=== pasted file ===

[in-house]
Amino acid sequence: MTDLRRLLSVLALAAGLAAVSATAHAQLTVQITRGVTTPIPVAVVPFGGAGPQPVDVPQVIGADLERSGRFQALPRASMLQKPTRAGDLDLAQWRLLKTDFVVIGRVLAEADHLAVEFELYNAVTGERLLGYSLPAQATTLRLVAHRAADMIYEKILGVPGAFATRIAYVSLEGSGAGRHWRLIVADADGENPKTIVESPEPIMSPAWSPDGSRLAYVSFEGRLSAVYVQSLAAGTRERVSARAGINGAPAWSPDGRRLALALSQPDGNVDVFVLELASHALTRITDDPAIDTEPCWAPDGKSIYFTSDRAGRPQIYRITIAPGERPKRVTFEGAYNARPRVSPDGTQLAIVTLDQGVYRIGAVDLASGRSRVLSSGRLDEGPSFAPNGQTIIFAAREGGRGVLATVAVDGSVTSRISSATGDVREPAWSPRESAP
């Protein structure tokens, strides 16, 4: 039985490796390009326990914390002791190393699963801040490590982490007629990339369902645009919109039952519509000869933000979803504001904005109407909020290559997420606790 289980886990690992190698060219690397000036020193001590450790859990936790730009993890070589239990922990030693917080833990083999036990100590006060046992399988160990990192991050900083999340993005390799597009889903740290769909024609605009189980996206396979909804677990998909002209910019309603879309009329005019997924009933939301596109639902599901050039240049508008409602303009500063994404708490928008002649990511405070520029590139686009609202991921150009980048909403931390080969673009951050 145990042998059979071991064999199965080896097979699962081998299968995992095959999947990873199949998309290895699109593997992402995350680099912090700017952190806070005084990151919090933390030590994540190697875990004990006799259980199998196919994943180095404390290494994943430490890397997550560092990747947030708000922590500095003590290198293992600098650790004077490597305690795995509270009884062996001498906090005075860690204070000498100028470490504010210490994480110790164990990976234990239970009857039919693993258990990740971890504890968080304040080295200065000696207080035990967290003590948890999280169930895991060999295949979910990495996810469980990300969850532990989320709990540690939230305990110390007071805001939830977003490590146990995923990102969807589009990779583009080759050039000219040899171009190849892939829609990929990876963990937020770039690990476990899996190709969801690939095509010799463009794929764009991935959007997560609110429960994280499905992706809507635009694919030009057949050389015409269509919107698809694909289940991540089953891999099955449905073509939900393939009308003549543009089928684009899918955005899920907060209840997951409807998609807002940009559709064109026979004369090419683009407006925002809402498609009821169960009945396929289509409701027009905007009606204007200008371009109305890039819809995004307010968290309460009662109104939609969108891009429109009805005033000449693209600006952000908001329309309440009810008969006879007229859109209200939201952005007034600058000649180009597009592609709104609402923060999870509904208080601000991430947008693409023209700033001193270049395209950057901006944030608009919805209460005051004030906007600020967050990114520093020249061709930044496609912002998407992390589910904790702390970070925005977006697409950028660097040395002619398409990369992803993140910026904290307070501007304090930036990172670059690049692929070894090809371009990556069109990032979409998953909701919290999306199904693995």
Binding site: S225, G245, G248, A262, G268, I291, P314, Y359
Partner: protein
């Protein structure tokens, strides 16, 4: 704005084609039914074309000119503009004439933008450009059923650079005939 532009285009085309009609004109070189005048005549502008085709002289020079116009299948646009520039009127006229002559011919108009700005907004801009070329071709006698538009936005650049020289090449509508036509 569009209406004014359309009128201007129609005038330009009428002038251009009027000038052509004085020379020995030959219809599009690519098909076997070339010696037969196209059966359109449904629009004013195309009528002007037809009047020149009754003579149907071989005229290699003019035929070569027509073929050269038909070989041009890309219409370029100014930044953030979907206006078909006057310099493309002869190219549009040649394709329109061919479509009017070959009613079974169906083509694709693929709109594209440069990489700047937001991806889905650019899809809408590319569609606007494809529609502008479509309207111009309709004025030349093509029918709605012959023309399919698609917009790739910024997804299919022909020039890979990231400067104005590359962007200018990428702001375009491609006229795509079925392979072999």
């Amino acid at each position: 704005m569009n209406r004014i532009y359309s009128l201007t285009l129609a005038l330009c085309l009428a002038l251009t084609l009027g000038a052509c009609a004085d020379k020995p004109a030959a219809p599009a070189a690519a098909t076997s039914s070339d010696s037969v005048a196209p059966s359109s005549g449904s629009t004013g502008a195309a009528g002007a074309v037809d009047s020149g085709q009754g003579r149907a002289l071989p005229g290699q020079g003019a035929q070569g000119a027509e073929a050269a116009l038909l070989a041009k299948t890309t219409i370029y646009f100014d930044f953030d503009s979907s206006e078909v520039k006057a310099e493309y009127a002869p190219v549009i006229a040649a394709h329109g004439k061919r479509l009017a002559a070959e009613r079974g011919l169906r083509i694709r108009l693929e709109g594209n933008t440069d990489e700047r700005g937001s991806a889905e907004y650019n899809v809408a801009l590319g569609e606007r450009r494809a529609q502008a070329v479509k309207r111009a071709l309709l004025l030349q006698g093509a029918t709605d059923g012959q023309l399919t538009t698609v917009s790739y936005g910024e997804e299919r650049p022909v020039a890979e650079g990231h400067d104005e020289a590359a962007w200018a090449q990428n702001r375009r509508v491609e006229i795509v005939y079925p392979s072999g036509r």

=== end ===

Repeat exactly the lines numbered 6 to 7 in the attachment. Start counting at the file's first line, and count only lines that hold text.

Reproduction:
């Protein structure tokens, strides 16, 4: 704005084609039914074309000119503009004439933008450009059923650079005939 532009285009085309009609004109070189005048005549502008085709002289020079116009299948646009520039009127006229002559011919108009700005907004801009070329071709006698538009936005650049020289090449509508036509 569009209406004014359309009128201007129609005038330009009428002038251009009027000038052509004085020379020995030959219809599009690519098909076997070339010696037969196209059966359109449904629009004013195309009528002007037809009047020149009754003579149907071989005229290699003019035929070569027509073929050269038909070989041009890309219409370029100014930044953030979907206006078909006057310099493309002869190219549009040649394709329109061919479509009017070959009613079974169906083509694709693929709109594209440069990489700047937001991806889905650019899809809408590319569609606007494809529609502008479509309207111009309709004025030349093509029918709605012959023309399919698609917009790739910024997804299919022909020039890979990231400067104005590359962007200018990428702001375009491609006229795509079925392979072999």
């Amino acid at each position: 704005m569009n209406r004014i532009y359309s009128l201007t285009l129609a005038l330009c085309l009428a002038l251009t084609l009027g000038a052509c009609a004085d020379k020995p004109a030959a219809p599009a070189a690519a098909t076997s039914s070339d010696s037969v005048a196209p059966s359109s005549g449904s629009t004013g502008a195309a009528g002007a074309v037809d009047s020149g085709q009754g003579r149907a002289l071989p005229g290699q020079g003019a035929q070569g000119a027509e073929a050269a116009l038909l070989a041009k299948t890309t219409i370029y646009f100014d930044f953030d503009s979907s206006e078909v520039k006057a310099e493309y009127a002869p190219v549009i006229a040649a394709h329109g004439k061919r479509l009017a002559a070959e009613r079974g011919l169906r083509i694709r108009l693929e709109g594209n933008t440069d990489e700047r700005g937001s991806a889905e907004y650019n899809v809408a801009l590319g569609e606007r450009r494809a529609q502008a070329v479509k309207r111009a071709l309709l004025l030349q006698g093509a029918t709605d059923g012959q023309l399919t538009t698609v917009s790739y936005g910024e997804e299919r650049p022909v020039a890979e650079g990231h400067d104005e020289a590359a962007w200018a090449q990428n702001r375009r509508v491609e006229i795509v005939y079925p392979s072999g036509r």